James S. Marks, M.D., M.P.H. Senior Vice President The Robert Wood Johnson Foundation - PowerPoint PPT Presentation

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James S. Marks, M.D., M.P.H. Senior Vice President The Robert Wood Johnson Foundation

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  1. Trends Summit on Obesity Chicago, ILJuly 20 - 22, 2005 James S. Marks, M.D., M.P.H.Senior Vice PresidentThe Robert Wood Johnson Foundation

  2. 20 15 10 5 Ages 2-5 years Ages 6-11 years 0 1976-80 1988-94 1963-67 1966-70 1971-74 1999-2000 Preventing Childhood Obesity Percent Percentage of children with BMI at or above theage- and gender-specific 95th percentile. Institute of Medicine; Preventing Childhood Obesity, 2005

  3. How many deaths? • 365,000 vs. 112,000 • Differences in scientific methodology • Better Treatments • Still a very large number

  4. Estimated Adult Obesity-Attributable Medical Expenditures 2003 – Dollars in millions State costs related to obesity Obesity Research, January 2004

  5. Both Sides of the Energy Balance Equation Energy Balance Calories In Calories Out Food Environment Activity Environment < > = Gain weight Maintain weight Lose weight

  6. Interventions • School-based approaches • Community-based approaches • Public education campaigns

  7. The Guide to Community Preventive Services: Recommended Physical Activity Interventions • Point-of-decision prompts • Community-wide campaigns • School-based PE • Social support interventions in community settings • Individually adapted health behavior change programs • Creation of or enhanced access to places for physical activity combined with informational outreach activities www.thecommunityguide.org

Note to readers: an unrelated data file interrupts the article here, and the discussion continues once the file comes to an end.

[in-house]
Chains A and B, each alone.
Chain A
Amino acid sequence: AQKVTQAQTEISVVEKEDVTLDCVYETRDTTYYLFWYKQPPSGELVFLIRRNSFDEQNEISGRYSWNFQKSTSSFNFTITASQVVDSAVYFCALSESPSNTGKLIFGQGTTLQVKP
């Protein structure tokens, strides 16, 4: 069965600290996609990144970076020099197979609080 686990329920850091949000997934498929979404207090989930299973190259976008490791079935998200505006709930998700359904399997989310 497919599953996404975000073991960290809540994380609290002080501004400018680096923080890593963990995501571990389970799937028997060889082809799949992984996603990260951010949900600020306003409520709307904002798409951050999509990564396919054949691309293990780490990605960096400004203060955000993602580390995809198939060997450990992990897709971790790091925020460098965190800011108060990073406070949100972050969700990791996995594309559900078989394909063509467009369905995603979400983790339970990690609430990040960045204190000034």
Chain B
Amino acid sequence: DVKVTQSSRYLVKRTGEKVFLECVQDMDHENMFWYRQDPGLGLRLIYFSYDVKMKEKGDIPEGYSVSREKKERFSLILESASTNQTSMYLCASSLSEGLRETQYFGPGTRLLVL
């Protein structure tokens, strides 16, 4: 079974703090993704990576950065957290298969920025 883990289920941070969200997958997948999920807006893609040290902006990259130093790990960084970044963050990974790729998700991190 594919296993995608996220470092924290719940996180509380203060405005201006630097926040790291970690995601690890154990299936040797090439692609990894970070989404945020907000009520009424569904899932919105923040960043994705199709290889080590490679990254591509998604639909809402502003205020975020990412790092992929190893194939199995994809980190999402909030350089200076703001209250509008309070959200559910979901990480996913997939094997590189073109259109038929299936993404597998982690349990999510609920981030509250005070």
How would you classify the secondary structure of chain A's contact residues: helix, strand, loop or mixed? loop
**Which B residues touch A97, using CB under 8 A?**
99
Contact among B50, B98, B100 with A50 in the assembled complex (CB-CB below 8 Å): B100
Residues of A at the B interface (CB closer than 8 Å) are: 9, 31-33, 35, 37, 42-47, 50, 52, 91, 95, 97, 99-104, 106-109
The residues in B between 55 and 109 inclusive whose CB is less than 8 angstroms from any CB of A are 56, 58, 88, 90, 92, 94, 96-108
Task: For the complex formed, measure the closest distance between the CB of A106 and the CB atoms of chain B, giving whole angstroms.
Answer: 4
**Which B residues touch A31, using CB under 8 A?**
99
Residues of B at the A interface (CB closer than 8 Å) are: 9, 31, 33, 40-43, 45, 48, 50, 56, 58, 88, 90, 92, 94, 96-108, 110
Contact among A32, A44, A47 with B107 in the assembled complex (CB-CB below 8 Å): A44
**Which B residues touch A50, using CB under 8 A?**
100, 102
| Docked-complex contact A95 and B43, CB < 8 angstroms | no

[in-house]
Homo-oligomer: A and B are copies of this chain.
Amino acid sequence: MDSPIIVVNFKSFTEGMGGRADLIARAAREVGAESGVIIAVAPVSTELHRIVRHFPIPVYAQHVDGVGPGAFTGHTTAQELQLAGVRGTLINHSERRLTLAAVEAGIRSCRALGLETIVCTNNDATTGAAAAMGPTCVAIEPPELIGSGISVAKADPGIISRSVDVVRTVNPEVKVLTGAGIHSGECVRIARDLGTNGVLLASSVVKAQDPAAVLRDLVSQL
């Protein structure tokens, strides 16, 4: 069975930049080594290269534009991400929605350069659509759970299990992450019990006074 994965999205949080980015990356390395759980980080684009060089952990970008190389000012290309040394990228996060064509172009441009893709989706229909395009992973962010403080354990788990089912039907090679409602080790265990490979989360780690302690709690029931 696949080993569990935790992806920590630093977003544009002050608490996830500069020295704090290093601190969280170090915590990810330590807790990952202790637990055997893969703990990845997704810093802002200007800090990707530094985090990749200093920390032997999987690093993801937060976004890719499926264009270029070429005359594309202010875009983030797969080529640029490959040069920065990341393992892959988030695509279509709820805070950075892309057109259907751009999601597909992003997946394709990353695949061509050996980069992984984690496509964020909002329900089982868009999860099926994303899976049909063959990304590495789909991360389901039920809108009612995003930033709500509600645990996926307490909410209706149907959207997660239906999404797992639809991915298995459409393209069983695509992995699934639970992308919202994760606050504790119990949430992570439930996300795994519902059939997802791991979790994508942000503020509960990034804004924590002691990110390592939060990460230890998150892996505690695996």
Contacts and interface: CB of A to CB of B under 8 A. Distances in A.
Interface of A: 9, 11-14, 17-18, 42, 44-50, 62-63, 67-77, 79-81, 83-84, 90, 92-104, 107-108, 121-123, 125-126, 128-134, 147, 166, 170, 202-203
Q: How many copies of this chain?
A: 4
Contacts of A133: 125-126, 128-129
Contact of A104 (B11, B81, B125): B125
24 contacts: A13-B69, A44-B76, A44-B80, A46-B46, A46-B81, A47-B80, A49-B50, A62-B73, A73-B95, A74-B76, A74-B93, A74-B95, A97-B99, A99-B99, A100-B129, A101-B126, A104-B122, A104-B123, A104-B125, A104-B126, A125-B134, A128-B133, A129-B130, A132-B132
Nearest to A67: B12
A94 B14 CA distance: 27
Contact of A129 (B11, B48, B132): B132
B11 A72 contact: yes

8. Brownson et al., Amer. J. Preventive Med., 2000, 18(3): 235-241

  9. Paid media campaign to promote walking among sedentary older adults in Wheeling, WV Results 90% of area residents exposed to campaign 14% net rise in number of residents increasing their walking compared to control group Wheeling Walks • www.wheelingwalks.org/results.asp

  10. Child and Adolescent Trial for Cardiovascular Health (CATCH) • Program included educational, behavioral and school environment components. • Results: • Less total and saturated fat • More physical activity • Effects still found 3 years after intervention ended • www.childtrends.org

  11. Planet Health • Two-year intervention aimed at decreasing TV viewing and high-fat foods, and increasing activity and fruit and vegetable consumption • Results: • Obesity prevalence among girls was reduced • Decreased TV viewing seemed most important • No differences found among boys • Gortmaker et al, Arch Pediatr. Adolesc. Med., 1999; 153: 409-418

  12. 30 25 20 15 Christchurch Obesity Prevention Project Control boys Control girls Prevalence (%) Intervention boys Intervention girls Baseline 12 months • Mean change in % of overweight and obese children age 7-11 after education program to decrease sugared soda consumption • James et al; BMJ 2004; 328: 1237-9